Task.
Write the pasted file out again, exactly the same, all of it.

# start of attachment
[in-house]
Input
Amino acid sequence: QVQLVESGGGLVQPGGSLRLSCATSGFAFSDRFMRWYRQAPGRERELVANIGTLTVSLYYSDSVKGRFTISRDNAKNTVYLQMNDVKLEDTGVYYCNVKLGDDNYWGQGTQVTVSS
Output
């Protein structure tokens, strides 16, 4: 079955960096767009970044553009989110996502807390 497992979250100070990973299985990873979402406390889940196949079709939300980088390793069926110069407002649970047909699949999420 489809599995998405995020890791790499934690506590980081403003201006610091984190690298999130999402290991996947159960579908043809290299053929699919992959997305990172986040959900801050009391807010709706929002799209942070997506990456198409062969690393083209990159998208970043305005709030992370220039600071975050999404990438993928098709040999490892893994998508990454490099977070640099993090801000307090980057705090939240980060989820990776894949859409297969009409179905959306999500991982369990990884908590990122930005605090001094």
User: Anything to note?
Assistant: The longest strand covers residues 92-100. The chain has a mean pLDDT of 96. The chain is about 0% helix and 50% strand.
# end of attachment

[in-house]
Input
Amino acid sequence: QVQLVESGGGLVQPGGSLRLSCATSGFAFSDRFMRWYRQAPGRERELVANIGTLTVSLYYSDSVKGRFTISRDNAKNTVYLQMNDVKLEDTGVYYCNVKLGDDNYWGQGTQVTVSS
Output
């Protein structure tokens, strides 16, 4: 079955960096767009970044553009989110996502807390 497992979250100070990973299985990873979402406390889940196949079709939300980088390793069926110069407002649970047909699949999420 489809599995998405995020890791790499934690506590980081403003201006610091984190690298999130999402290991996947159960579908043809290299053929699919992959997305990172986040959900801050009391807010709706929002799209942070997506990456198409062969690393083209990159998208970043305005709030992370220039600071975050999404990438993928098709040999490892893994998508990454490099977070640099993090801000307090980057705090939240980060989820990776894949859409297969009409179905959306999500991982369990990884908590990122930005605090001094």
User: Anything to note?
Assistant: The longest strand covers residues 92-100. The chain has a mean pLDDT of 96. The chain is about 0% helix and 50% strand.